For most people in California, earning a college degree is the first step on the path to a successful and rewarding career. Unfortunately for many, it is also the first step towards overwhelming debt. Although student loans usually cannot be discharged in Chapter 13 bankruptcy, the process can still provide vital debt relief that allows borrowers to better focus on their loan repayments.
Across the United States, approximately 44 million student loan borrowers owe a collective $1.5 trillion. While that figure alone is upsetting enough, the outlook is fairly grim for nearly half of those borrowers. In addition to the 250,000 borrowers who currently default every quarter, experts predict that 40 percent of student loan borrowers will default on their loans by the year 2023.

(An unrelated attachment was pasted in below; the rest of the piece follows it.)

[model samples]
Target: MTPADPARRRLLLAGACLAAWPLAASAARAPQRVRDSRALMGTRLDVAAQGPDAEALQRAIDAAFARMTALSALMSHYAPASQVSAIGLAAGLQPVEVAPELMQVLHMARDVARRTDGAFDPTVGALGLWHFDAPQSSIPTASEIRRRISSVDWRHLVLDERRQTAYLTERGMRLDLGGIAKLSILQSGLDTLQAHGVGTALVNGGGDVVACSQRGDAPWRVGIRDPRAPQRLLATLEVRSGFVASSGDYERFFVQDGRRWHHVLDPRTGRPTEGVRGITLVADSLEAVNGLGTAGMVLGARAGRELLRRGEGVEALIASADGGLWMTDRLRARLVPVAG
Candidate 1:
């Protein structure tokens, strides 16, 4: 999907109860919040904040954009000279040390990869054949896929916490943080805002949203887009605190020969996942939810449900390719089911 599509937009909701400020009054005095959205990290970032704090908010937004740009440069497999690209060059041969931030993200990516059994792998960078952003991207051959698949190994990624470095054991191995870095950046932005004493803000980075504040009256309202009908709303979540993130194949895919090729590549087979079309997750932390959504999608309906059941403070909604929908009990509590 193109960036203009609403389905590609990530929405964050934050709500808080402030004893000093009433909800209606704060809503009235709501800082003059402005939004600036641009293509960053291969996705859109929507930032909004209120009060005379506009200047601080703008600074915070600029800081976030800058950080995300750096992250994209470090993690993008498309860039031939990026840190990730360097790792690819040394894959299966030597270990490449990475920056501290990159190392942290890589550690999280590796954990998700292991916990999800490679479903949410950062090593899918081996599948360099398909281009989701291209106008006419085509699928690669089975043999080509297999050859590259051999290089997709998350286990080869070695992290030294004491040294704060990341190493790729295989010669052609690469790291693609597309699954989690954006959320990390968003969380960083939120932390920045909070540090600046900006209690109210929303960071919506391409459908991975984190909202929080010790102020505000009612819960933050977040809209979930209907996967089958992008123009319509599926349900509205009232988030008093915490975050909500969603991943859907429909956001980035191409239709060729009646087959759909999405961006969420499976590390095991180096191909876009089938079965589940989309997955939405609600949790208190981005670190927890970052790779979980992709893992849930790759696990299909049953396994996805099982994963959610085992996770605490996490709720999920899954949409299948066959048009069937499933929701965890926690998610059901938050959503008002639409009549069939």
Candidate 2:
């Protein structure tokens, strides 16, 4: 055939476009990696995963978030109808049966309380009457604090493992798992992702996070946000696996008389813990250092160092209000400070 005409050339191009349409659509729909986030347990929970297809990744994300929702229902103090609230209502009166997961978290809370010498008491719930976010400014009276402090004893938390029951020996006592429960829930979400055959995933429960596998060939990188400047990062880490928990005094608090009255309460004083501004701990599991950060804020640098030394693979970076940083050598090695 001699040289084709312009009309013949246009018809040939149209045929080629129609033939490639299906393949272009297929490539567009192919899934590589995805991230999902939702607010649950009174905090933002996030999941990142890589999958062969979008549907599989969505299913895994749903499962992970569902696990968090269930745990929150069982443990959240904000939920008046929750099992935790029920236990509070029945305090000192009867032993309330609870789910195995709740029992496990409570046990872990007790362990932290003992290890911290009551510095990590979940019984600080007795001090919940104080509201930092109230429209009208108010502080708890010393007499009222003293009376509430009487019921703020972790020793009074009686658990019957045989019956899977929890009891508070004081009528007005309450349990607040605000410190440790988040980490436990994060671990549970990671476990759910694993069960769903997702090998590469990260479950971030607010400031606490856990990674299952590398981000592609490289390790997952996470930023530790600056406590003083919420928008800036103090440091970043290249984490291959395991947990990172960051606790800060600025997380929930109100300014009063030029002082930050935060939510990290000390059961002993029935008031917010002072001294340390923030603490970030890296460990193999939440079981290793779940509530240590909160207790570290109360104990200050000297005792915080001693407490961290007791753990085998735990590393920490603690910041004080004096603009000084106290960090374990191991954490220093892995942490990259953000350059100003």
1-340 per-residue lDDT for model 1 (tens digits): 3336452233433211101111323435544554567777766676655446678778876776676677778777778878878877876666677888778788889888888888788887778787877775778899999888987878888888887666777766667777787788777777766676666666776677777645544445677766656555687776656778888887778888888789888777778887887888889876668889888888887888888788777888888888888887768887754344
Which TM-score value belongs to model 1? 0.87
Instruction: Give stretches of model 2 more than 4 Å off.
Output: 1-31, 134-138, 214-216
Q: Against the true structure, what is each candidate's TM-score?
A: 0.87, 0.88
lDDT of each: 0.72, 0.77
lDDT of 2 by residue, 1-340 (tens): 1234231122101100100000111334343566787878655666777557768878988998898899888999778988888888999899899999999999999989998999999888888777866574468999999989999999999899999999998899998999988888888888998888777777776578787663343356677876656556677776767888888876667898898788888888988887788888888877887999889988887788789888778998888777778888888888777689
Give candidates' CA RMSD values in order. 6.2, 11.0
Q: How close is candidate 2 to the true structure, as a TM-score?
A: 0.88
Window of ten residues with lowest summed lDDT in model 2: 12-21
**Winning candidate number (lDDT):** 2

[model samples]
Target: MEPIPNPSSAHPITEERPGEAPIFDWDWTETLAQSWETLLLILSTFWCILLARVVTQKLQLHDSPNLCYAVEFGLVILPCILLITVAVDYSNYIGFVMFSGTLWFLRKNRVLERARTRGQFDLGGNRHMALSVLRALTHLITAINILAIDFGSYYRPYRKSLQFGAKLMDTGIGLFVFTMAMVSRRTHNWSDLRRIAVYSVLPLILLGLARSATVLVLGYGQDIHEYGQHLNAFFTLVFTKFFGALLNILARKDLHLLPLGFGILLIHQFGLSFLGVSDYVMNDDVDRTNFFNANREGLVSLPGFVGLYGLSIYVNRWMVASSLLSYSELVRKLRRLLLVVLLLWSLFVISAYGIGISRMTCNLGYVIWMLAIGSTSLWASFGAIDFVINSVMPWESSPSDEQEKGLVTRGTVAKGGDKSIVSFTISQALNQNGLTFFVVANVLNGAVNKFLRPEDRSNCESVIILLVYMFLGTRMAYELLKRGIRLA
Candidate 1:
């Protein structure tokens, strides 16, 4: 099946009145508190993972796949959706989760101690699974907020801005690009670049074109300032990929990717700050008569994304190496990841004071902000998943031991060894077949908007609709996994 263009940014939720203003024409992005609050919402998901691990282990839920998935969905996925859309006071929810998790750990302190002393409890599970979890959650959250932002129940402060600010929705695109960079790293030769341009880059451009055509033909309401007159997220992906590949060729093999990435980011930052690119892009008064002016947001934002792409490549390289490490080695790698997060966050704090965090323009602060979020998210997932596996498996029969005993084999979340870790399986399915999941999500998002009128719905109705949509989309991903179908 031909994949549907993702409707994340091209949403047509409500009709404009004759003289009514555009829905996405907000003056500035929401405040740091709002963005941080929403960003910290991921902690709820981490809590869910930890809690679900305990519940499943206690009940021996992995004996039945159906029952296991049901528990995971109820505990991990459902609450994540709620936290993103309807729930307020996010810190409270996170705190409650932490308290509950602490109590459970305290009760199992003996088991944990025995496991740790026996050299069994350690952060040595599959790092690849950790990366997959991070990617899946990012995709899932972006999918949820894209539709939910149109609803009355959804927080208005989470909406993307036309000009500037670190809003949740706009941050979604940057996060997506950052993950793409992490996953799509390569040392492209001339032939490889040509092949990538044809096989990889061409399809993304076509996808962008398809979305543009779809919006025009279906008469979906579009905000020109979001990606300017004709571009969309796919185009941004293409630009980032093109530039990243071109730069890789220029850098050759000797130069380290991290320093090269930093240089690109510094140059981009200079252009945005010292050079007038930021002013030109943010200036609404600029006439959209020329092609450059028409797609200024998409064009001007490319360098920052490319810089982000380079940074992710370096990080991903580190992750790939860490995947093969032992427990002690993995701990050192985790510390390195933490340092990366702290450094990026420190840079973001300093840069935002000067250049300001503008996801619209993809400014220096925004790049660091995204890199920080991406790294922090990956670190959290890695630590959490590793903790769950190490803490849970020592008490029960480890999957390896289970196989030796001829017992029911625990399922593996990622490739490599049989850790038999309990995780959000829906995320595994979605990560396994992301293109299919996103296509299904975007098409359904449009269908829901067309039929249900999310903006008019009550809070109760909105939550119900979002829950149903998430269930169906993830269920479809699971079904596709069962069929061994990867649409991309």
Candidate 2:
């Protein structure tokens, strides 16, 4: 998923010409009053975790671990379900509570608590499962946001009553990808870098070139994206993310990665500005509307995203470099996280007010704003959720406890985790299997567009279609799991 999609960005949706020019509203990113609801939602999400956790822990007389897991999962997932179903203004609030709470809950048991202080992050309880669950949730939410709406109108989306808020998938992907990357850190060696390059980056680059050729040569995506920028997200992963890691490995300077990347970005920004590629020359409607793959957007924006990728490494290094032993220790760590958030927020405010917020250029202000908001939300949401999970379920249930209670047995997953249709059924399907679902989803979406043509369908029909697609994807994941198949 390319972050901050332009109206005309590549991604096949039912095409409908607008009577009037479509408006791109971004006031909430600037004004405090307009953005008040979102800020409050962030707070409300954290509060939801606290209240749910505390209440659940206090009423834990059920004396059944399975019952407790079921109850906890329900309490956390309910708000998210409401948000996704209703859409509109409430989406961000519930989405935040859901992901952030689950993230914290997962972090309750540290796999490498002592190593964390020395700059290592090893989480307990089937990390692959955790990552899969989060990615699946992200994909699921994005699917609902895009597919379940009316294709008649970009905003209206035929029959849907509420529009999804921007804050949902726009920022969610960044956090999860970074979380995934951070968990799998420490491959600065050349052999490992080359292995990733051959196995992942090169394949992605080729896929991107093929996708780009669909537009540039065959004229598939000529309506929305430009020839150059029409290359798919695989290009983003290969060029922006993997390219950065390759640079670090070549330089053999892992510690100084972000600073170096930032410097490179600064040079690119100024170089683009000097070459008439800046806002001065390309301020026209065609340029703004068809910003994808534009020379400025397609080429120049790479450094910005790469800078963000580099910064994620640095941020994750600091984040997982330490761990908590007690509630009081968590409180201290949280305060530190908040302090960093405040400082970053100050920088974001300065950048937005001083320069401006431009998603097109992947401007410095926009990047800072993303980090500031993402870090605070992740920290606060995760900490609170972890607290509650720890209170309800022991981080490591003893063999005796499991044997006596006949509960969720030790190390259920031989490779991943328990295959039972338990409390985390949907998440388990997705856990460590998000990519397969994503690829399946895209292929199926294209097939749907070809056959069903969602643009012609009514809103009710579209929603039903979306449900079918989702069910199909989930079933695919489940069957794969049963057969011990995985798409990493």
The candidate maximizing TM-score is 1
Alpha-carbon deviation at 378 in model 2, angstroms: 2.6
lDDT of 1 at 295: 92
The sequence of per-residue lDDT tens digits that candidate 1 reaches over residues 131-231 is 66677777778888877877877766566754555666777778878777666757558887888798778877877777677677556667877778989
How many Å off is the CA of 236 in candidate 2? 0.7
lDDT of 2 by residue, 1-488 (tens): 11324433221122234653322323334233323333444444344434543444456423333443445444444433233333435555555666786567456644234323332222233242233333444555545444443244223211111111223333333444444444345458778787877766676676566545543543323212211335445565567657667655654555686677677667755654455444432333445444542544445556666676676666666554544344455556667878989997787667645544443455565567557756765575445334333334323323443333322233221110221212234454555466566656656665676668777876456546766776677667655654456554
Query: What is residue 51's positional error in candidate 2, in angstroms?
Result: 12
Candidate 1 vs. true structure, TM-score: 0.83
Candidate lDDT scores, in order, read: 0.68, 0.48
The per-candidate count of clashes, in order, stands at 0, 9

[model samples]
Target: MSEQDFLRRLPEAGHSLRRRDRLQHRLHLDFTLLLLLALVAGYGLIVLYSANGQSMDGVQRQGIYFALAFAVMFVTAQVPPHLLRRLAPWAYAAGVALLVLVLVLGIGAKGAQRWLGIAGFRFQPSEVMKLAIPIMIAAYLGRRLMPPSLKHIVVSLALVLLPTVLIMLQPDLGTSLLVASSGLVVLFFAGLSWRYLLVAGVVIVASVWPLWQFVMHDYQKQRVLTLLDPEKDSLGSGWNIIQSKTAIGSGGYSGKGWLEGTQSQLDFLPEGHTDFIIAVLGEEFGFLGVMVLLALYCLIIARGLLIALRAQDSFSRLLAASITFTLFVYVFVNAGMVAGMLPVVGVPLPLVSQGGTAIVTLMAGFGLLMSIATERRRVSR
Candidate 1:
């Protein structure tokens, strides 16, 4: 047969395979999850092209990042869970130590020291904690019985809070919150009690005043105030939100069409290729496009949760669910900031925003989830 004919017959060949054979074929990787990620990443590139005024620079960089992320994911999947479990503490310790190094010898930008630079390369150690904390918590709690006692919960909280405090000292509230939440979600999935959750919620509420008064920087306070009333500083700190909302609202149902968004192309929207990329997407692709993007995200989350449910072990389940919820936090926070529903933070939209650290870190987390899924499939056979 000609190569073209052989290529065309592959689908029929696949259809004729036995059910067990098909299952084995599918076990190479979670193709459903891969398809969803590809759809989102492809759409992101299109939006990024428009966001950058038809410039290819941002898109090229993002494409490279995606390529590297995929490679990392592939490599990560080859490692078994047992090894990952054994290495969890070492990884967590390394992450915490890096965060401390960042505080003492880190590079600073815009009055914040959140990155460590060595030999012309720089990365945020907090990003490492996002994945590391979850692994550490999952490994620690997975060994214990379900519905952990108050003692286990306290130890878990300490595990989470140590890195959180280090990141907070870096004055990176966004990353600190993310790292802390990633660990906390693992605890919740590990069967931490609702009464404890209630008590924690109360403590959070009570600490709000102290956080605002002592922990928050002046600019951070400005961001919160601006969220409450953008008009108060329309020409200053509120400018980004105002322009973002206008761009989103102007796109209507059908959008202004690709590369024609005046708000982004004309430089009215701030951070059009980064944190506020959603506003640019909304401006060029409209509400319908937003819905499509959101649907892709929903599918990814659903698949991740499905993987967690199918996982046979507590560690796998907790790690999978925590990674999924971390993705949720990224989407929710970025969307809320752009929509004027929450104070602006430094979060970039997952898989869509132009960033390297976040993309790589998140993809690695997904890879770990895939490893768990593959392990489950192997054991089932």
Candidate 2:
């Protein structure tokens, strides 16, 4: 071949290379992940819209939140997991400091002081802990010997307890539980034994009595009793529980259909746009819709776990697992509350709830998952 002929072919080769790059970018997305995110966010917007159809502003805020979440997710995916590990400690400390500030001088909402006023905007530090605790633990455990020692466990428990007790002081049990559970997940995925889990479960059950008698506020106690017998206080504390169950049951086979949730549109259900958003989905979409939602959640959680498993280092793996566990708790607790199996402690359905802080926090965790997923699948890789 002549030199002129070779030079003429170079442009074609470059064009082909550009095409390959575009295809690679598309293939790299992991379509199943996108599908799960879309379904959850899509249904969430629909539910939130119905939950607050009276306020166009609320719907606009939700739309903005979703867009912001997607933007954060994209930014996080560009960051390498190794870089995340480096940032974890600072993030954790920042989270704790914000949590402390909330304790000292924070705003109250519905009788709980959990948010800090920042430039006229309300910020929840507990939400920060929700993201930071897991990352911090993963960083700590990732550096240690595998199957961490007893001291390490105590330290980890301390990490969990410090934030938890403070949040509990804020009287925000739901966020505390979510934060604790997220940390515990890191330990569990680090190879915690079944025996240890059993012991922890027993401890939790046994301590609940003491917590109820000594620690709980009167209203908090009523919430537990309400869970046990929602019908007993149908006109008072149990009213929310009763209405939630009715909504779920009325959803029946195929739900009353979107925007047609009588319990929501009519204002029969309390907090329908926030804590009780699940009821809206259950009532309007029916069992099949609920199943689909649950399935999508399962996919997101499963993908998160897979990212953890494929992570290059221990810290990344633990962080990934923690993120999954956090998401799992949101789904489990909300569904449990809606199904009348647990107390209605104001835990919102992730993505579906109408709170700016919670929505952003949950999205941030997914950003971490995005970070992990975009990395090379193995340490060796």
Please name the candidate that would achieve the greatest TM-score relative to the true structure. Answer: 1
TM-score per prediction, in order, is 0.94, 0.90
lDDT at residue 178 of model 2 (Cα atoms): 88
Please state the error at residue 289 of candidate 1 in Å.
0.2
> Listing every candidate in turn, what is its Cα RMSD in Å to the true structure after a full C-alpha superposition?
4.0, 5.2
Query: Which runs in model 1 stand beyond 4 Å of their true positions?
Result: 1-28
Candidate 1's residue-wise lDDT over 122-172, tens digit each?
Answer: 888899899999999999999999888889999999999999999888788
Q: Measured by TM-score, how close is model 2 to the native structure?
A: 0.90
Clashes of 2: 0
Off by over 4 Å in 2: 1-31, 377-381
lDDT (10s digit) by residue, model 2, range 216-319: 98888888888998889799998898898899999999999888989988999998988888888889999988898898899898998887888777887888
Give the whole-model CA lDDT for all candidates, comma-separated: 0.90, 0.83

With the average 2017 grad carrying $40,000 in loans, what can be done? In some cases, student loan consolidation can help, although doing so will not lower borrowers' interest rates. For those who hope to lower their interest rates, refinancing might be a better option. Getting ahead by one or two payments can also give borrowers wiggle room if they expect to encounter financial troubles in the future.
Lower interest rates and getting ahead on payments might sound good on paper, but this is not a reality for many California borrowers. When individuals are overwhelmed by debt and are unable to meet their monthly payments, Chapter 13 bankruptcy can be helpful. By organizing debts into a repayment plan that lasts three to five years, people can not only achieve debt relief but they may also develop improved financial habits along the way.